Sexual harassment remains a challenge in many California workplaces. Even though a far greater level of attention is paid to the problem, workers are still victimized. Lower-wage employees and those in the service industry are especially vulnerable. To make matters worse, some workers complain to management and are rebuffed in efforts to stop the behavior. One recent case in which two women who worked at McDonald’s alleged sexual harassment has resulted in a class action lawsuit.
The women worked at a corporate-owned McDonald’s restaurant in Florida. They assert that they were both sexually harassed and that this sparked the filing. One woman was fired from her job at the restaurant. The other still works for the company. The first woman says that she was inappropriately touched, subjected to sex-based comments and terminated for complaining. The other employee says she was also groped and harassed. When she told supervisors and a general manager what was happening, nothing was done. The alleged perpetrator faced no repercussions. The employee was not terminated, but her work hours were significantly reduced.
The class action lawsuit was filed in Chicago. Plaintiffs are seeking compensation from corporate-owned McDonald’s restaurants in Florida and asking for $500 million. In November 2019, another class action lawsuit was filed against McDonald’s due to sexual harassment in Michigan. McDonald’s claims that it has a comprehensive policy to prevent sexual harassment by training workers and giving victims avenues to report wrongdoing. The company itself can only be sued for issues at its corporate-owned stores. Franchised locations are the responsibility of the franchisee.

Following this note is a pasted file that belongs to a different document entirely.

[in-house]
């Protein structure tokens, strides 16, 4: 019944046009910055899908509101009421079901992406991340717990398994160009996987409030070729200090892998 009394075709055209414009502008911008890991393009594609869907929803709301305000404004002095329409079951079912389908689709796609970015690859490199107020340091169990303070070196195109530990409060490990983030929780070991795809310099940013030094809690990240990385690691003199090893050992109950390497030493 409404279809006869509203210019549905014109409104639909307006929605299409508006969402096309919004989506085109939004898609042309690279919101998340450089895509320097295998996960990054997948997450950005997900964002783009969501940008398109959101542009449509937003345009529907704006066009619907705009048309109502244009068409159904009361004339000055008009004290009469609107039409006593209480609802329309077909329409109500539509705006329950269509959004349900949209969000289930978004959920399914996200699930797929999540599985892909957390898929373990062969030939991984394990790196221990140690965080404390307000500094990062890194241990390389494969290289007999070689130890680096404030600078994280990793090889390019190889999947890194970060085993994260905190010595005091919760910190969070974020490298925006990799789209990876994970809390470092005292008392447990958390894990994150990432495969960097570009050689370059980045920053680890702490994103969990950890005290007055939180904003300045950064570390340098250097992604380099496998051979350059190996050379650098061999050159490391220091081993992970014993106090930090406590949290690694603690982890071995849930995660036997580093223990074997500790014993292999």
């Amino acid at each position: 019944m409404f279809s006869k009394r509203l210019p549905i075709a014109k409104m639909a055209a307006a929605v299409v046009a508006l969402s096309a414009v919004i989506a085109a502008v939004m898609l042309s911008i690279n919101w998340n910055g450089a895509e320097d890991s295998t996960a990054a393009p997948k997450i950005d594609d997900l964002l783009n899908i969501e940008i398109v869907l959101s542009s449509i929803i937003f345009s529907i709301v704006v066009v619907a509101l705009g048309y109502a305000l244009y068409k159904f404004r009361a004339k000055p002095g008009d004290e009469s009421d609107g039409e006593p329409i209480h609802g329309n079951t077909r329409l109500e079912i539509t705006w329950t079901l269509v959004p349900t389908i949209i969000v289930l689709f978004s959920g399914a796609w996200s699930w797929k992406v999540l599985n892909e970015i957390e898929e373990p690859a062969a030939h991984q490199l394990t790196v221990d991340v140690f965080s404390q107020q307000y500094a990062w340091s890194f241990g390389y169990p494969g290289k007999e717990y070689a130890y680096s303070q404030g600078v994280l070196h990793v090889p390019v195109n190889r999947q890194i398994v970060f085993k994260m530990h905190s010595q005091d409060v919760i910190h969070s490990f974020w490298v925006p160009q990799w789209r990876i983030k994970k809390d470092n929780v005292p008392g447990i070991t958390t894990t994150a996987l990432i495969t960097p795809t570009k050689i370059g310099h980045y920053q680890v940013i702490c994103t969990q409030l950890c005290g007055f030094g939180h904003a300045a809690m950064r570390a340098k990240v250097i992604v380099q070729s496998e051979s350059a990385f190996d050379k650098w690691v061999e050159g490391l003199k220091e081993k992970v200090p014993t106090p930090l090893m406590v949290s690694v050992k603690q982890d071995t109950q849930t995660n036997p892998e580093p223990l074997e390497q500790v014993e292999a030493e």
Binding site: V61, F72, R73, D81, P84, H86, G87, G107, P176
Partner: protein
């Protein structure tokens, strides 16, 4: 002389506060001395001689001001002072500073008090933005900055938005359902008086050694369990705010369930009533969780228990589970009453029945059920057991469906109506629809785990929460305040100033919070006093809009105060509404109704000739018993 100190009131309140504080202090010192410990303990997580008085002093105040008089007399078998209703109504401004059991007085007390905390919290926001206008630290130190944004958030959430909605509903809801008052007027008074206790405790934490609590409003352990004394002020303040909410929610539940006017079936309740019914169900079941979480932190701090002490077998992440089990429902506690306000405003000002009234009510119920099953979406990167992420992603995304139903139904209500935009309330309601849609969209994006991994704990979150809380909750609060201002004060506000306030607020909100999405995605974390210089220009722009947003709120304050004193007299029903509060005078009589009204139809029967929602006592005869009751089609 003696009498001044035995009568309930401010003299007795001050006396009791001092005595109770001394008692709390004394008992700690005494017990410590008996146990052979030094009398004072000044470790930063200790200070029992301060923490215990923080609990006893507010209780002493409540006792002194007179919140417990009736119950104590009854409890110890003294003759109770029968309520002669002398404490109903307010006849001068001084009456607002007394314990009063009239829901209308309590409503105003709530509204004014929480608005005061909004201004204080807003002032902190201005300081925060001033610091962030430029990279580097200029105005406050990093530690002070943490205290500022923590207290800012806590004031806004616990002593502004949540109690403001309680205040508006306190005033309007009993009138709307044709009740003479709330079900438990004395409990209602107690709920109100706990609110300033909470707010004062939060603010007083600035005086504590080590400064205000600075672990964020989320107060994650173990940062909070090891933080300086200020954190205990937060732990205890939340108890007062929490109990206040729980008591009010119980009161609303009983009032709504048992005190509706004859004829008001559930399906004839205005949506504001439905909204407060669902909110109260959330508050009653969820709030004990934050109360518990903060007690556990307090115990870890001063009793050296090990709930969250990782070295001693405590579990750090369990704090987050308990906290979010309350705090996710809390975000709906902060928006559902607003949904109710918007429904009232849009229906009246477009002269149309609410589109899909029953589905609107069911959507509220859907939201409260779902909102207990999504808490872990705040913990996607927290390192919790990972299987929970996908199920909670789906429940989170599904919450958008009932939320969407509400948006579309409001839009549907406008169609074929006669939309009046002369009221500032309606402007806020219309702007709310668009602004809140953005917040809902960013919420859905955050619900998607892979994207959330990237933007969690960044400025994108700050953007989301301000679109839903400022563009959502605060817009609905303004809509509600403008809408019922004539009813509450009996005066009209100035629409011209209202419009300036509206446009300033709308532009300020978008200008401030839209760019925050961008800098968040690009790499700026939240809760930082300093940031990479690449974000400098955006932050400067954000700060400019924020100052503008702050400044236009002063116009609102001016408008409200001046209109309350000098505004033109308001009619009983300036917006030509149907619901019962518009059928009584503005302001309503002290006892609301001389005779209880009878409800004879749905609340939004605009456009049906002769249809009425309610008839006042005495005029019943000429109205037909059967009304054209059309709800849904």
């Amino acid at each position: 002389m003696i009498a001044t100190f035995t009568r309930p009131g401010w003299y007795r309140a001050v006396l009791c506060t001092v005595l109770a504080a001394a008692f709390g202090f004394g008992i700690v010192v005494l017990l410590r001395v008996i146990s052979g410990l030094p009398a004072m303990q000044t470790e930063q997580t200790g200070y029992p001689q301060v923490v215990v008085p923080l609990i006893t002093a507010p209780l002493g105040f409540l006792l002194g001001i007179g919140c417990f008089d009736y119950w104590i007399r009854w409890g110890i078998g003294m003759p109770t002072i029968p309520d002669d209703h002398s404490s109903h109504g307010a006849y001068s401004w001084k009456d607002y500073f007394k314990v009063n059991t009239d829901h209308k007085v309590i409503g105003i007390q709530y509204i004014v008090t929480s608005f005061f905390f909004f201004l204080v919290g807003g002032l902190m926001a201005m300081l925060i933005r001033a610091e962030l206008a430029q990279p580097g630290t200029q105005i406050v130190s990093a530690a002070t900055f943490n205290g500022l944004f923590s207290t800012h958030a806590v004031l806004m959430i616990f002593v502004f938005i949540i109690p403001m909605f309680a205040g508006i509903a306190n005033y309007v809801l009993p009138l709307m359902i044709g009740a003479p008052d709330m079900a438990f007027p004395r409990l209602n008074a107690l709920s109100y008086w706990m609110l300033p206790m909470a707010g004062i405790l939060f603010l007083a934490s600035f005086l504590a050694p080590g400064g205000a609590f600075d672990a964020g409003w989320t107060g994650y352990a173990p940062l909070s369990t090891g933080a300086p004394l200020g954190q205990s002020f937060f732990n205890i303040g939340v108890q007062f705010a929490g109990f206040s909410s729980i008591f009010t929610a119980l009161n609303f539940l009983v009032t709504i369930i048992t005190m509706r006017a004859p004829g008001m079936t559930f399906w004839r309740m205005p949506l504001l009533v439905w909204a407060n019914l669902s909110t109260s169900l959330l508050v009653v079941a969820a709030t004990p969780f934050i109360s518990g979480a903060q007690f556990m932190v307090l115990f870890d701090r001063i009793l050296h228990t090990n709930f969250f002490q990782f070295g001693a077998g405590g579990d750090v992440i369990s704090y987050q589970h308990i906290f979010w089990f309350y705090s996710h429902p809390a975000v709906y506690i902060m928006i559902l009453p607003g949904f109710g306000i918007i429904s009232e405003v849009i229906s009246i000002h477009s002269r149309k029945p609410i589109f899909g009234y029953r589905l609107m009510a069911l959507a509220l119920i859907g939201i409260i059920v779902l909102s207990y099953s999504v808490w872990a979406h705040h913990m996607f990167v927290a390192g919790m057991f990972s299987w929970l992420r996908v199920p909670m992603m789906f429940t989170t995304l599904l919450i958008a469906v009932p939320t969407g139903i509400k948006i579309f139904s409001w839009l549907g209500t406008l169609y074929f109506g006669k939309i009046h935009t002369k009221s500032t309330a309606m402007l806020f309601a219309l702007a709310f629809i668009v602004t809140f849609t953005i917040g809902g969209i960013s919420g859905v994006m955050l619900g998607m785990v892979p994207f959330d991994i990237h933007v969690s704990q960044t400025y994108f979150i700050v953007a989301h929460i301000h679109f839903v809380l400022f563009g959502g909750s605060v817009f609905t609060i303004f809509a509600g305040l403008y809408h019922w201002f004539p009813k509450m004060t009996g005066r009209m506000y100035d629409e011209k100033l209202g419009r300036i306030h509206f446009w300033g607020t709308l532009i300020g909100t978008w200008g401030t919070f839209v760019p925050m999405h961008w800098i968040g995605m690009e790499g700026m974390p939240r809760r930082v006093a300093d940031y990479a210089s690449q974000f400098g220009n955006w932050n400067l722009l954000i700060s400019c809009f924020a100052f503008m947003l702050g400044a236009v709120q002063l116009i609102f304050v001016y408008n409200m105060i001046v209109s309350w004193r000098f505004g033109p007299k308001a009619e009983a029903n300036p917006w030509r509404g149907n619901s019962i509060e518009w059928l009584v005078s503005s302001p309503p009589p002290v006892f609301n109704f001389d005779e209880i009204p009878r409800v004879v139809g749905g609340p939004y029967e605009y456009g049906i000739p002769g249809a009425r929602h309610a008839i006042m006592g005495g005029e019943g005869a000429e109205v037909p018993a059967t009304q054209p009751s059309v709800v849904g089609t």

A variety of behaviors can be categorized as sexual harassment, and workers should be cognizant of their rights. Reporting a complaint is supposed to put a stop to these acts. Unfortunately, it does not always work, and people are reluctant to jeopardize their position when they think they will be penalized for it. A legal filing may be a viable alternative. Consulting with a law firm that has experience in representing people who have faced sexual harassment and other employment violations might help with a claim.